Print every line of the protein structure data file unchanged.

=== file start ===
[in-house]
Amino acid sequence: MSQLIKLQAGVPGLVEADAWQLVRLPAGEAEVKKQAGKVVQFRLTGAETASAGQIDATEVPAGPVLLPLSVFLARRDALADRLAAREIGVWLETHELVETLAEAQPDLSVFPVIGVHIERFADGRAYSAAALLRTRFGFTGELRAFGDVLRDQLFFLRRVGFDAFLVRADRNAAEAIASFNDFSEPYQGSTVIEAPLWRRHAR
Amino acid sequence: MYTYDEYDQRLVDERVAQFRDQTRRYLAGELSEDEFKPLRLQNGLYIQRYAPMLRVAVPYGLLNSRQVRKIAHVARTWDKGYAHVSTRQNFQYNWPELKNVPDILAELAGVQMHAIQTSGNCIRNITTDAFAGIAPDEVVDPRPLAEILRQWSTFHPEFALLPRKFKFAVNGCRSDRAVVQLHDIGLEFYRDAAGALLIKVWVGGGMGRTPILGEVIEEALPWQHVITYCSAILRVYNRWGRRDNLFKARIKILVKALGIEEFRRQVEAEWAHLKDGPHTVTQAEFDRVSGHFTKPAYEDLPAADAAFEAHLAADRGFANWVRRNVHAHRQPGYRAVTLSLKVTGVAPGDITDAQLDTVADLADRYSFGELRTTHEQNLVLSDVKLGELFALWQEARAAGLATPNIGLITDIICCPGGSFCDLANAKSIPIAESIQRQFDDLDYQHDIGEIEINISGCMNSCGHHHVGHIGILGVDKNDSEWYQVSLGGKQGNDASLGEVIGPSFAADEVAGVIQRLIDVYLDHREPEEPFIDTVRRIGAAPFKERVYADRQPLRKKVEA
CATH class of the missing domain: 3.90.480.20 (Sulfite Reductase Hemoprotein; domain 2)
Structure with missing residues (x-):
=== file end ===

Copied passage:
[in-house]
Amino acid sequence: MSQLIKLQAGVPGLVEADAWQLVRLPAGEAEVKKQAGKVVQFRLTGAETASAGQIDATEVPAGPVLLPLSVFLARRDALADRLAAREIGVWLETHELVETLAEAQPDLSVFPVIGVHIERFADGRAYSAAALLRTRFGFTGELRAFGDVLRDQLFFLRRVGFDAFLVRADRNAAEAIASFNDFSEPYQGSTVIEAPLWRRHAR
Amino acid sequence: MYTYDEYDQRLVDERVAQFRDQTRRYLAGELSEDEFKPLRLQNGLYIQRYAPMLRVAVPYGLLNSRQVRKIAHVARTWDKGYAHVSTRQNFQYNWPELKNVPDILAELAGVQMHAIQTSGNCIRNITTDAFAGIAPDEVVDPRPLAEILRQWSTFHPEFALLPRKFKFAVNGCRSDRAVVQLHDIGLEFYRDAAGALLIKVWVGGGMGRTPILGEVIEEALPWQHVITYCSAILRVYNRWGRRDNLFKARIKILVKALGIEEFRRQVEAEWAHLKDGPHTVTQAEFDRVSGHFTKPAYEDLPAADAAFEAHLAADRGFANWVRRNVHAHRQPGYRAVTLSLKVTGVAPGDITDAQLDTVADLADRYSFGELRTTHEQNLVLSDVKLGELFALWQEARAAGLATPNIGLITDIICCPGGSFCDLANAKSIPIAESIQRQFDDLDYQHDIGEIEINISGCMNSCGHHHVGHIGILGVDKNDSEWYQVSLGGKQGNDASLGEVIGPSFAADEVAGVIQRLIDVYLDHREPEEPFIDTVRRIGAAPFKERVYADRQPLRKKVEA
CATH class of the missing domain: 3.90.480.20 (Sulfite Reductase Hemoprotein; domain 2)
Structure with missing residues (x-):